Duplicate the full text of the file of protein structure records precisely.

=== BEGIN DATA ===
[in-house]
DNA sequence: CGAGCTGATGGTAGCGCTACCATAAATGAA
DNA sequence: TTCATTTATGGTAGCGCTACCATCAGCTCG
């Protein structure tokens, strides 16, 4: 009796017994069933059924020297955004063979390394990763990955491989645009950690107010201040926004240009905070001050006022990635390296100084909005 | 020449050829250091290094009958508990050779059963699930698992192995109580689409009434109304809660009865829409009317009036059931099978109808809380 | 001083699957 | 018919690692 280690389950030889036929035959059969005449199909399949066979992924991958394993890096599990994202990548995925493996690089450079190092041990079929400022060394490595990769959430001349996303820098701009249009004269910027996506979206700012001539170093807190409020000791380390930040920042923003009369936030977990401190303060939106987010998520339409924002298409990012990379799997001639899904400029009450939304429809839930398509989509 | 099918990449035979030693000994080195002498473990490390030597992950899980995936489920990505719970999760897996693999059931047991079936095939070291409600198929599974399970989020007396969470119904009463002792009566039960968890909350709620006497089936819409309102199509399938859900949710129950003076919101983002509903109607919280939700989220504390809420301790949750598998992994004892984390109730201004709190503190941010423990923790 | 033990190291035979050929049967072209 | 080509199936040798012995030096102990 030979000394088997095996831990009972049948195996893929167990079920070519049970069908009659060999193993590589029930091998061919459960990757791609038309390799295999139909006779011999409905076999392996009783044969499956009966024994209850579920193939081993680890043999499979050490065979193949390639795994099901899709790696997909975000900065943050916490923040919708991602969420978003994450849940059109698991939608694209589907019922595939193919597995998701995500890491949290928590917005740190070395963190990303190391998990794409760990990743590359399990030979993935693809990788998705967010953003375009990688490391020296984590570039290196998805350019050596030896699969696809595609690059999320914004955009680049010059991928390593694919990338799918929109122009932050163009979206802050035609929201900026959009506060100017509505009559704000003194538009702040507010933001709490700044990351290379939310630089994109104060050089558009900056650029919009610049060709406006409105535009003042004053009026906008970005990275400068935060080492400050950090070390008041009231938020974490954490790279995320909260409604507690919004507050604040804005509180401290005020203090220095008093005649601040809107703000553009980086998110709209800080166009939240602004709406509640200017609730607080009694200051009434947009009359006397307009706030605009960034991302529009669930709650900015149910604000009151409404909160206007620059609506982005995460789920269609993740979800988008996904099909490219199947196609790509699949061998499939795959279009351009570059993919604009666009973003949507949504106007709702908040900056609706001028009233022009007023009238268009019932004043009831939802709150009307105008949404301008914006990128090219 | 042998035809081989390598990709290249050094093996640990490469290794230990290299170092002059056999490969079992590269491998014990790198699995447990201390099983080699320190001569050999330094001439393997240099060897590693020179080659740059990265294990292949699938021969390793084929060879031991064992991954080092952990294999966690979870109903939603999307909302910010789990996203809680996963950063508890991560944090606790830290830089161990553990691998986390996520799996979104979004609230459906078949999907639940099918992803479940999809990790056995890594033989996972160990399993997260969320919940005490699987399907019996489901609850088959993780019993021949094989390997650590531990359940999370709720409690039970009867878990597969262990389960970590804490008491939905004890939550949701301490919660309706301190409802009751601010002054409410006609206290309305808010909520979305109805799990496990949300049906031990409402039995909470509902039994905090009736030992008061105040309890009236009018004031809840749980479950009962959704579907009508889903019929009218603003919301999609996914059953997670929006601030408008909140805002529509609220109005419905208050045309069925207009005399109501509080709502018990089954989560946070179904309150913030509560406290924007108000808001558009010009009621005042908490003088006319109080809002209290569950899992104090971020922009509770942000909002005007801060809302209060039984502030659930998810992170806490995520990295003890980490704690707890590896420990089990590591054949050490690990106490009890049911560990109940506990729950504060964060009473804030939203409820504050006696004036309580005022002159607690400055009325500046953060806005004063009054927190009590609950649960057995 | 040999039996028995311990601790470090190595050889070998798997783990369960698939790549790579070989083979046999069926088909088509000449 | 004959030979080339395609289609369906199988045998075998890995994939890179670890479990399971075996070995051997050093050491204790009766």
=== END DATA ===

[in-house]
DNA sequence: CGAGCTGATGGTAGCGCTACCATAAATGAA
DNA sequence: TTCATTTATGGTAGCGCTACCATCAGCTCG
């Protein structure tokens, strides 16, 4: 009796017994069933059924020297955004063979390394990763990955491989645009950690107010201040926004240009905070001050006022990635390296100084909005 | 020449050829250091290094009958508990050779059963699930698992192995109580689409009434109304809660009865829409009317009036059931099978109808809380 | 001083699957 | 018919690692 280690389950030889036929035959059969005449199909399949066979992924991958394993890096599990994202990548995925493996690089450079190092041990079929400022060394490595990769959430001349996303820098701009249009004269910027996506979206700012001539170093807190409020000791380390930040920042923003009369936030977990401190303060939106987010998520339409924002298409990012990379799997001639899904400029009450939304429809839930398509989509 | 099918990449035979030693000994080195002498473990490390030597992950899980995936489920990505719970999760897996693999059931047991079936095939070291409600198929599974399970989020007396969470119904009463002792009566039960968890909350709620006497089936819409309102199509399938859900949710129950003076919101983002509903109607919280939700989220504390809420301790949750598998992994004892984390109730201004709190503190941010423990923790 | 033990190291035979050929049967072209 | 080509199936040798012995030096102990 030979000394088997095996831990009972049948195996893929167990079920070519049970069908009659060999193993590589029930091998061919459960990757791609038309390799295999139909006779011999409905076999392996009783044969499956009966024994209850579920193939081993680890043999499979050490065979193949390639795994099901899709790696997909975000900065943050916490923040919708991602969420978003994450849940059109698991939608694209589907019922595939193919597995998701995500890491949290928590917005740190070395963190990303190391998990794409760990990743590359399990030979993935693809990788998705967010953003375009990688490391020296984590570039290196998805350019050596030896699969696809595609690059999320914004955009680049010059991928390593694919990338799918929109122009932050163009979206802050035609929201900026959009506060100017509505009559704000003194538009702040507010933001709490700044990351290379939310630089994109104060050089558009900056650029919009610049060709406006409105535009003042004053009026906008970005990275400068935060080492400050950090070390008041009231938020974490954490790279995320909260409604507690919004507050604040804005509180401290005020203090220095008093005649601040809107703000553009980086998110709209800080166009939240602004709406509640200017609730607080009694200051009434947009009359006397307009706030605009960034991302529009669930709650900015149910604000009151409404909160206007620059609506982005995460789920269609993740979800988008996904099909490219199947196609790509699949061998499939795959279009351009570059993919604009666009973003949507949504106007709702908040900056609706001028009233022009007023009238268009019932004043009831939802709150009307105008949404301008914006990128090219 | 042998035809081989390598990709290249050094093996640990490469290794230990290299170092002059056999490969079992590269491998014990790198699995447990201390099983080699320190001569050999330094001439393997240099060897590693020179080659740059990265294990292949699938021969390793084929060879031991064992991954080092952990294999966690979870109903939603999307909302910010789990996203809680996963950063508890991560944090606790830290830089161990553990691998986390996520799996979104979004609230459906078949999907639940099918992803479940999809990790056995890594033989996972160990399993997260969320919940005490699987399907019996489901609850088959993780019993021949094989390997650590531990359940999370709720409690039970009867878990597969262990389960970590804490008491939905004890939550949701301490919660309706301190409802009751601010002054409410006609206290309305808010909520979305109805799990496990949300049906031990409402039995909470509902039994905090009736030992008061105040309890009236009018004031809840749980479950009962959704579907009508889903019929009218603003919301999609996914059953997670929006601030408008909140805002529509609220109005419905208050045309069925207009005399109501509080709502018990089954989560946070179904309150913030509560406290924007108000808001558009010009009621005042908490003088006319109080809002209290569950899992104090971020922009509770942000909002005007801060809302209060039984502030659930998810992170806490995520990295003890980490704690707890590896420990089990590591054949050490690990106490009890049911560990109940506990729950504060964060009473804030939203409820504050006696004036309580005022002159607690400055009325500046953060806005004063009054927190009590609950649960057995 | 040999039996028995311990601790470090190595050889070998798997783990369960698939790549790579070989083979046999069926088909088509000449 | 004959030979080339395609289609369906199988045998075998890995994939890179670890479990399971075996070995051997050093050491204790009766």